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A different type of education

Original post made on Mar 26, 2010

Though people might think being home schooled eventually gets isolating, Amy, a Pleasanton tenth-grader, and her sister Rebecca, a sixth-grader, do volunteer work in town and compete on the swim team so that they can meet friends, stay connected to local people, and be a part of the community since they don't attend public school and don't see people during the day.

Read the full story here Web Link posted Friday, March 26, 2010, 12:00 AM

Comments (17)

Posted by Nan, a resident of Ruby Hill
on Mar 26, 2010 at 9:06 am

Wow. Great to see such happy, productive girls, who are obviously thriving and learning an awful lot in their home school setting. I admire their discipline and diligence, as well as their mom's commitment to taking the lead role in their education. And great job writing the article, Katie!!


Posted by Curious, a resident of Foothill High School
on Mar 26, 2010 at 11:12 am

Will the girls be earning regular high school diplomas?
I have wondered if home-schooled teens get diplomas if they are not enrolled in accredited schools, either public or private.


Posted by Bill, a resident of Another Pleasanton neighborhood
on Mar 26, 2010 at 11:27 am

Simply a terrific article! Kudos to these parents and kids who homeschool. There are advantageous alternatives to "government" schools.

One big advantage is not being a captive audience who are "brainwashed" by the left-leaning administrators and teachers.


Posted by Cholo, a resident of Livermore
on Mar 26, 2010 at 12:39 pm

home schooling is more than a full time job... it works for some families

billy goat...give it a rest


Posted by not a fan, a resident of West of Foothill
on Mar 26, 2010 at 12:44 pm

"Brainwashing" can also occur at home! Some parents do an admirable job of homeschooling, but depending on the situation, there can also be disadvantages to such a program. Pleasanton schools are excellent; I'm not sure why a parent would choose to home school, unless for religious reasons or because their children were having some problems in the regular school setting.


Posted by Sandy Piderit, a resident of Mohr Park
on Mar 26, 2010 at 1:40 pm

I'm not sure how homeschooling works here after 8th grade; the pages on the PUSD website only address K-8 homeschooling. Parents use materials approved by the district that develop students' understanding along the curricular guidelines provided by the state. Parents and students meet with a district teacher approximately every two weeks. More information is available from the district: Web Link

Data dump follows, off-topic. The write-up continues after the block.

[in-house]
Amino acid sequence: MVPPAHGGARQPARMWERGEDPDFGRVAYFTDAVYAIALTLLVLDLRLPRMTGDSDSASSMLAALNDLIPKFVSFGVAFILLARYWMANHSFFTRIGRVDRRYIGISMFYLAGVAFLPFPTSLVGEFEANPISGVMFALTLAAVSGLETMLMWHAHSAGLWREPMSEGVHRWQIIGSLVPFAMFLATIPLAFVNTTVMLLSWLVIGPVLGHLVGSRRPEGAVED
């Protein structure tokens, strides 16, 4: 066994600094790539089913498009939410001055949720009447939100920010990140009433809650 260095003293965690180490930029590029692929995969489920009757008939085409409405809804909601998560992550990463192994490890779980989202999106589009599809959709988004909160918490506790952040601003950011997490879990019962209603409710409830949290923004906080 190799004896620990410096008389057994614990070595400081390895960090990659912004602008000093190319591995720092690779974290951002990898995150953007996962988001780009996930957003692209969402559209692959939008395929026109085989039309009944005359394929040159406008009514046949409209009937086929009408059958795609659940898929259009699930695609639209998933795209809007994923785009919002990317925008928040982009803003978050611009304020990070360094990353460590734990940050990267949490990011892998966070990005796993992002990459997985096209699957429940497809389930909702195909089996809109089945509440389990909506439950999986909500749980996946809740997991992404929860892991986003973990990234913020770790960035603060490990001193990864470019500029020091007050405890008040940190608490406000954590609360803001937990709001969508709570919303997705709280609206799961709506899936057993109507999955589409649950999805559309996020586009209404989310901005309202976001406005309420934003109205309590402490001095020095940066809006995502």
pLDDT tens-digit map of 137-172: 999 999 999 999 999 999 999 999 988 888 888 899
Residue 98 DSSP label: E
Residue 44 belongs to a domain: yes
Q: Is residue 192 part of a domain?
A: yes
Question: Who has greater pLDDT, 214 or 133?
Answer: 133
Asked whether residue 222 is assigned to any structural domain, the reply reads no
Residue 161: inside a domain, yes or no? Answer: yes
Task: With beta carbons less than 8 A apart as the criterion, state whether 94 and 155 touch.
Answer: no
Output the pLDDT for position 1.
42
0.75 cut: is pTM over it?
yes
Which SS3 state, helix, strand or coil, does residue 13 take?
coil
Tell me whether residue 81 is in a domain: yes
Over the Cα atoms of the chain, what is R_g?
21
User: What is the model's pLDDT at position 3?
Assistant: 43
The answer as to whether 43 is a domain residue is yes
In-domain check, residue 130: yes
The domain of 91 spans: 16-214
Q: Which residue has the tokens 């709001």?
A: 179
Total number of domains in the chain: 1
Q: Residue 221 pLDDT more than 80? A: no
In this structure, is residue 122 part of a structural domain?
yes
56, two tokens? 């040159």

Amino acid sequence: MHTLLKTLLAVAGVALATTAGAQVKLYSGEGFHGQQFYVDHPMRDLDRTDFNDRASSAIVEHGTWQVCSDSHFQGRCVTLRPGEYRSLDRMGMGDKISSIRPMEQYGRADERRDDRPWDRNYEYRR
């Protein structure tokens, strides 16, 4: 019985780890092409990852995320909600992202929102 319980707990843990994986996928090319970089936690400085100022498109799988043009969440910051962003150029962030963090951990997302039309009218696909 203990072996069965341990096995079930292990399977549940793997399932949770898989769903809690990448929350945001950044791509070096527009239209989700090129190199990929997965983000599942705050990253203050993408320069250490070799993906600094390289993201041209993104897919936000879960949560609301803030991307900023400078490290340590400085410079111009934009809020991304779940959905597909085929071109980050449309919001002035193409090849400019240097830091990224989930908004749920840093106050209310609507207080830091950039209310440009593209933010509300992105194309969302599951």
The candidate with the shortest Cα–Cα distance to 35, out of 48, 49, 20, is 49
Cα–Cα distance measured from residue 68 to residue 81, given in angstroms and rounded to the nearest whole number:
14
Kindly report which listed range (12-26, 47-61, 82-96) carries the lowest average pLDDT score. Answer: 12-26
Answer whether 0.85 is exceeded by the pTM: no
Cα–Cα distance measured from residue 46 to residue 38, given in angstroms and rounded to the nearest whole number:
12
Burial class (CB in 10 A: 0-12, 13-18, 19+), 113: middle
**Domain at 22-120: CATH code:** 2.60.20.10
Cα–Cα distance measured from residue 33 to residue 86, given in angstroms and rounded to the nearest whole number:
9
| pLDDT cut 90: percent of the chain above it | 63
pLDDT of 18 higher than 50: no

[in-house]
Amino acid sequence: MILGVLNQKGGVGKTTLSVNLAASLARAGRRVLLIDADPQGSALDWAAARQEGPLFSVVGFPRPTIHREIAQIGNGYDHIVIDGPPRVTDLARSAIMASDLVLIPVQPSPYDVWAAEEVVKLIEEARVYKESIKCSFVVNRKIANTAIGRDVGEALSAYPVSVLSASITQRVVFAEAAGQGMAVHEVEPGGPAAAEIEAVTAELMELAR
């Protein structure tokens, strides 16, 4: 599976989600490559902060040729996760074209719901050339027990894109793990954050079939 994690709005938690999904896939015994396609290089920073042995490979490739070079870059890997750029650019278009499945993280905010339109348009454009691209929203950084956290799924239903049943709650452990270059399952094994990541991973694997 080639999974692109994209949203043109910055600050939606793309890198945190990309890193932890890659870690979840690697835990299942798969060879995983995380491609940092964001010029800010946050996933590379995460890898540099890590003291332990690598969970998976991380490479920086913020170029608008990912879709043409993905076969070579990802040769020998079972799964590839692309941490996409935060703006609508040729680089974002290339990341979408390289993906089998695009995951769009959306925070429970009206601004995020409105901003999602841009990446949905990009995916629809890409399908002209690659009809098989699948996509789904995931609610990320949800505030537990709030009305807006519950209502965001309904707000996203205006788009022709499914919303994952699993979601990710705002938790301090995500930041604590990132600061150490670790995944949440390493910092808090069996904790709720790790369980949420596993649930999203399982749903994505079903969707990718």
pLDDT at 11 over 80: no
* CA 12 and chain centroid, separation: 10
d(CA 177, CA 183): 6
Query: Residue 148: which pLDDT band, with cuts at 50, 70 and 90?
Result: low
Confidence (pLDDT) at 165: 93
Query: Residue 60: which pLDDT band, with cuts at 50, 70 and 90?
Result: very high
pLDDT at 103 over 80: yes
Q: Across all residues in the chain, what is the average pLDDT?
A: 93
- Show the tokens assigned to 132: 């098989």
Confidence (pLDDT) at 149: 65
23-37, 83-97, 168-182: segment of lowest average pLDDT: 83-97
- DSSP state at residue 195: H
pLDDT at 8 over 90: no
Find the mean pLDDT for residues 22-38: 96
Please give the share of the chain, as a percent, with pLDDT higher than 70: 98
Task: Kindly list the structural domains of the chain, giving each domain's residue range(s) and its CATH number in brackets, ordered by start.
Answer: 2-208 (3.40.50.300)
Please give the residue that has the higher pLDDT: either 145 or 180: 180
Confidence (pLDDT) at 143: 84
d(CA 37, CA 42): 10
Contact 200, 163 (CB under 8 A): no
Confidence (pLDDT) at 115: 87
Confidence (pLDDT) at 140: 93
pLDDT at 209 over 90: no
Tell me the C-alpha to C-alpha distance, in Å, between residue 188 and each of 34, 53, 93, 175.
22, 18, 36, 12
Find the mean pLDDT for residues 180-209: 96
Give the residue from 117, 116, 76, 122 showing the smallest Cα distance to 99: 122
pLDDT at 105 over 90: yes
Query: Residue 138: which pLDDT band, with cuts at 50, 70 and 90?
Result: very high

Posted by Anonymous, a resident of Another Pleasanton neighborhood
on Mar 26, 2010 at 6:12 pm

I know a few home-school families in Pleasanton. What I have heard from them is they feel they can give a better education than the public schools. The public school classroom has to move at a pace that everybody can follow. At home, the can go to the speed of their own child and not be dragged down by other students. I have found all the home-schooled kids I have met to be more intelligent academically than their counterparts in the public schools.

However, the downside is these kids have not learned as much social skills or teamwork. I believe an important part of growing up is how to interact with others, even those you would not typically pick as your friends. That is a life skill that is needed as an adult.


Posted by Colette, a resident of Del Prado
on Mar 26, 2010 at 9:13 pm

If you don't get grades when you are home schooled in high school, do colleges only look at SAT and ACT scores? How do they handle not having a GPA?


Posted by amanda, a resident of Charter Oaks
on Mar 28, 2010 at 8:31 am

Homeschooling is weird. Period.


Posted by Retiree, a resident of Stoneridge
on Mar 28, 2010 at 8:25 pm